American sprinters Tyson Gay showed and Sanya Richards-Ross each made emphatic statements with victories on a rain-slicked track at the Montreuil meeting Monday.
Gay ran the 100m in 10.04 to beat 2008 Olympic silver medalist Richard Thompson of Trinidad and Tobago by 0.12 in a 0.5-meter headwind.
Meanwhile, Richards-Ross, the 2012 Olympic champion in the 400, won that event in Paris, pulling away down the stretch to finish with a time of 51.12. She was happy with the victory, but apparently just as happy to have escaped the wet conditions without injury.
“I think the last time I ran in weather like this is probably Zurich 2005,” she told the Associated Press. “I tried to block it out, but it’s really hard to get going really fast, especially the first 50. A little bit more cautious. I do want to have a successful season, so I don’t want to risk an injury.”
Gay’s victory in Paris was his second appearance in competition since serving a one-year doping ban. In his first appearance last week, he finished second to fellow American Justin Gatlin in the 100 at the Diamond Leauge meet in Lausanne, Switzerland.
Michelle-Lee Ahye of Trinidad and Tobago, who won a photo finish in the 100 in last week’s event, won the women’s 100 in Paris in 11.32, overcoming a poor start to beat Jamaica’s Carrie Russell.
Full results here.
Gatlin wins 100m over Gay at Lausanne Diamond League
Chicago Bulls star Luol Deng must carry some weight in the British sporting world, because his plea to have basketball once again funded by the state worked: The BOA offered a reprieve to the sport Friday, and will indeed fund it for the Rio Olympics.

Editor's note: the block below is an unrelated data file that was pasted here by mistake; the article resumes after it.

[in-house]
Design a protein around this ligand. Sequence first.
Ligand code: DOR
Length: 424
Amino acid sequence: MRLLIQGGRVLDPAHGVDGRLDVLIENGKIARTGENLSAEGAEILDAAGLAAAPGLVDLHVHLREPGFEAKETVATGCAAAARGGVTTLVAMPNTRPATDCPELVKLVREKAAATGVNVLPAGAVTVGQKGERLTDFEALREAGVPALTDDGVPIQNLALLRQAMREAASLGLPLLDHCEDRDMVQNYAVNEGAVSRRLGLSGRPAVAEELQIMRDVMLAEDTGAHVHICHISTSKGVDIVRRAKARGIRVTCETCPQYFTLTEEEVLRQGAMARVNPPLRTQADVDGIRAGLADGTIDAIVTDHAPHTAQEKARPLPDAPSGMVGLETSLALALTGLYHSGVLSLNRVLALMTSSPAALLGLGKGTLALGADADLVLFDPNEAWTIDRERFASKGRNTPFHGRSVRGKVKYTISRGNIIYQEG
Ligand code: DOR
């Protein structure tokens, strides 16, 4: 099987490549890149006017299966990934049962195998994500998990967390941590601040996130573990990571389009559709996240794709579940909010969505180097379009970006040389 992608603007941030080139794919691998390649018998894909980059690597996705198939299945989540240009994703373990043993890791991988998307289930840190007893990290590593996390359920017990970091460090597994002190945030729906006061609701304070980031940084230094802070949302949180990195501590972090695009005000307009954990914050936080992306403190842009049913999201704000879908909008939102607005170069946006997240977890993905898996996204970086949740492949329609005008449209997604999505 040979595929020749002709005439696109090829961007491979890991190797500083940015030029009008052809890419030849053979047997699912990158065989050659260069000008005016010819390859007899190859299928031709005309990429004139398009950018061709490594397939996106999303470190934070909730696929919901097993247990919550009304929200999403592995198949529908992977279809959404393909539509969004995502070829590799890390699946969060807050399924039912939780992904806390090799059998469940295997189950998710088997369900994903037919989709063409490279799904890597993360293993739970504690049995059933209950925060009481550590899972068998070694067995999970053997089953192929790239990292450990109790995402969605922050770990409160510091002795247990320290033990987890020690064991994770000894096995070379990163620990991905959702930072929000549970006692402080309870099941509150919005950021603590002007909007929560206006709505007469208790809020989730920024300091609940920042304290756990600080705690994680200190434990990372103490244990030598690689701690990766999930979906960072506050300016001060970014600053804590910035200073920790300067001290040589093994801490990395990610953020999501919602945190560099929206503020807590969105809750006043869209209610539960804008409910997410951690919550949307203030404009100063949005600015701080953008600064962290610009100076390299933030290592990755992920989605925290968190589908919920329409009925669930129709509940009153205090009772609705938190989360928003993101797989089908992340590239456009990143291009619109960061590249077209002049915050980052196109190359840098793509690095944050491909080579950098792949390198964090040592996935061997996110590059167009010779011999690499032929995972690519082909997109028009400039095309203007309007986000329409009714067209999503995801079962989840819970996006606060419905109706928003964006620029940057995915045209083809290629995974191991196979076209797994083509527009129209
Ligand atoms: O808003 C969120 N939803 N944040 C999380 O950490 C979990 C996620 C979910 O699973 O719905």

“Today’s news is absolutely fantastic for the sport, I am overwhelmed to hear basketball have been awarded funding from UK Sport,” British player Drew Sullivan told Reuters. “This news puts GB firmly back on the map and on the road to success.”
The teams had initially seen their funding cut from more than $13 million for the 2012 Games to zero for the new Olympic cycle, despite the fact that UK Sport announced an eleven percent increase in funding across the board. That money was earmarked for popular British sports like cycling and equestrian, where the country has had plenty of success.
But Deng wrote a open-letter to Prime Minister David Cameron earlier this week stating his case that the team’s performance in London set a baseline that the country could only improve on with future generations.
Apparently Deng’s voice was heard.
“The door is not closed to any sport that has had their funding reduced or stopped,” said UK Sport chief executive Liz Nicholl in the statement. “Every sport has the opportunity to come back to us at the annual review stage to make a case for future funding if they can demonstrate sufficient progress to evidence a credible medal opportunity within the next eight years.”
Olympic silver medalist, four-time world champ and nine-time national champ Alicia Sacramone said goodbye to competitive gymnastics Tuesday, announcing her retirement after a nearly a decade as one of the sport’s most accomplished athletes.
“Alicia was special, and determined to accomplish the goals she set for herself,” said U.S. national team coordinator Martha Karolyi of the ’08 captain.
“Alicia had a great career, full of success that was well earned. She also showed her strength of character by the dignified way she handled the moments that fell short of her goals.”
Many, including Sacramone herself at times, blamed the star gymnast for the U.S. not winning gold in Beijing after tumbles on the beam and floor exercise. But there’s no doubt the team’s success was a direct result of the strength and commitment Alicia provided, a sentiment voiced by U.S. Gymnastics President Steve Penny in a statement Tuesday:
“Alicia has had a major impact on women’s gymnastics. Her personality, sense of humor and leadership skills were important ingredients in the success of our team. Alicia is a strong individual who knows what she wants and is not afraid to put herself out there to achieve it.”
Alicia had hoped to comeback and compete in London after tearing her Achilles in 2011, but failed to make the team despite finishing second on both the vault and balance beam at the 2012 Trials.
After Trials, the star unofficially retired via Twitter, saying, “I leave this sport with no regrets.”